Does Eastern Europe have a problem with racism and xenophobia? Even the articulation of that question seems offensive in today’s climate of resentment and agitation. In Poland, it is Germans, Russians, refugees, Muslims and Jews who have been subject to recent tides of anger, and whoever peeks beyond the surface will soon realize that the situation is not much different in “liberal” hubs like the Czech Republic or Estonia. Aren’t we fortunate, then, to have filmmakers who are willing to address such pressing issues of our time on screen? In theory, yes, but two films we reviewed for this month’s issue suggest that such efforts do not necessarily enlighten audiences. While addressing the problem of xenophobia in Europe, one is unable to imagine an alternative to being boxed into one’s own in-group, and both are sexist. That such contradictions are often overlooked proves that arthouse cinema is feeding into the liberalism vs. illiberalism narrative that has recently been picked up to explain civil discontent by the backwardness of others. Too sad that the narrative breaks apart when one starts to wonder whether “we” are really any better.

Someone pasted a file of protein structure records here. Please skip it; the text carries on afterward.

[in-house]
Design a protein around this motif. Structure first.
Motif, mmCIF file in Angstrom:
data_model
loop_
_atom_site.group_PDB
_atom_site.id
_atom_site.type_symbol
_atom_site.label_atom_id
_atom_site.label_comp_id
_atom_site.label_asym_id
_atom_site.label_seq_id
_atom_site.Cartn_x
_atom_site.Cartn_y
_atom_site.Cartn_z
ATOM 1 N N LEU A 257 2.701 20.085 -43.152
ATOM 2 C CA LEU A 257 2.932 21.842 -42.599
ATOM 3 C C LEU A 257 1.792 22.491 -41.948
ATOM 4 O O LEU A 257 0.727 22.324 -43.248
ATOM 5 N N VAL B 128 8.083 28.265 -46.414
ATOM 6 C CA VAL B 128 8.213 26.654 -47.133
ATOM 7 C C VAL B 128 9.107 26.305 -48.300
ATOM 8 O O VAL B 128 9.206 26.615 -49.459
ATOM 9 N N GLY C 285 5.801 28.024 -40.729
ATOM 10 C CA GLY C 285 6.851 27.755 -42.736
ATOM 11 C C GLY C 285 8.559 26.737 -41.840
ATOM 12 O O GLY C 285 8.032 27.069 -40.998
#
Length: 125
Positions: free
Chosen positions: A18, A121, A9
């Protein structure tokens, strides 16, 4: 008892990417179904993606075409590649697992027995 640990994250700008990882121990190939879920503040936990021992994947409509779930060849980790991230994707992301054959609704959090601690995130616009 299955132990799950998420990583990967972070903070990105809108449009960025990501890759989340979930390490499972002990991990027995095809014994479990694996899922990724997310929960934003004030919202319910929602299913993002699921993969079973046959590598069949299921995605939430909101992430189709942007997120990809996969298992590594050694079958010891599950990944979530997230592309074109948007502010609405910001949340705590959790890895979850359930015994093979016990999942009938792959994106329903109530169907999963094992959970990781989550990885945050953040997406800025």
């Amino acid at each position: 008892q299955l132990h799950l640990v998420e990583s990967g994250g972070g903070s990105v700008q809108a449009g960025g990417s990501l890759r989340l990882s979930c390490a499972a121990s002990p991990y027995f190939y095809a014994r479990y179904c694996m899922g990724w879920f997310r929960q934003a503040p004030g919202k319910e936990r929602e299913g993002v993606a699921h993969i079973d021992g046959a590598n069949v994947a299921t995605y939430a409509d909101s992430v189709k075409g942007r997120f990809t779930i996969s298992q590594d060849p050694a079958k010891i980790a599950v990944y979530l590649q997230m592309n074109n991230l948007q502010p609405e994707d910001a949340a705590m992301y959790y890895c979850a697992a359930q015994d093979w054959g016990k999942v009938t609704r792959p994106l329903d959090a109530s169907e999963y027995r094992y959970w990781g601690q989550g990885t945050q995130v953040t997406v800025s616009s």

The more contradictory of the two above-mentioned films is Out, a quirky debut by György Kristóf which addresses xenophobia without pointing for places for it to go. The issue with Petr Václav’s Skokan, on the other hand, is less obvious, as it is one the director does not seem to be interested in – sexism. On a more positive note, we reviewed Loveless, Andrey Zvyagintsev’s latest film about an ugly divorce. We also reviewed My Life Without Air by Bojana Burnać, a film about free-diving the background of which Burnać explains in our interview with her.

We hope you enjoy our reads.
Konstanty Kuzma & Moritz Pfeifer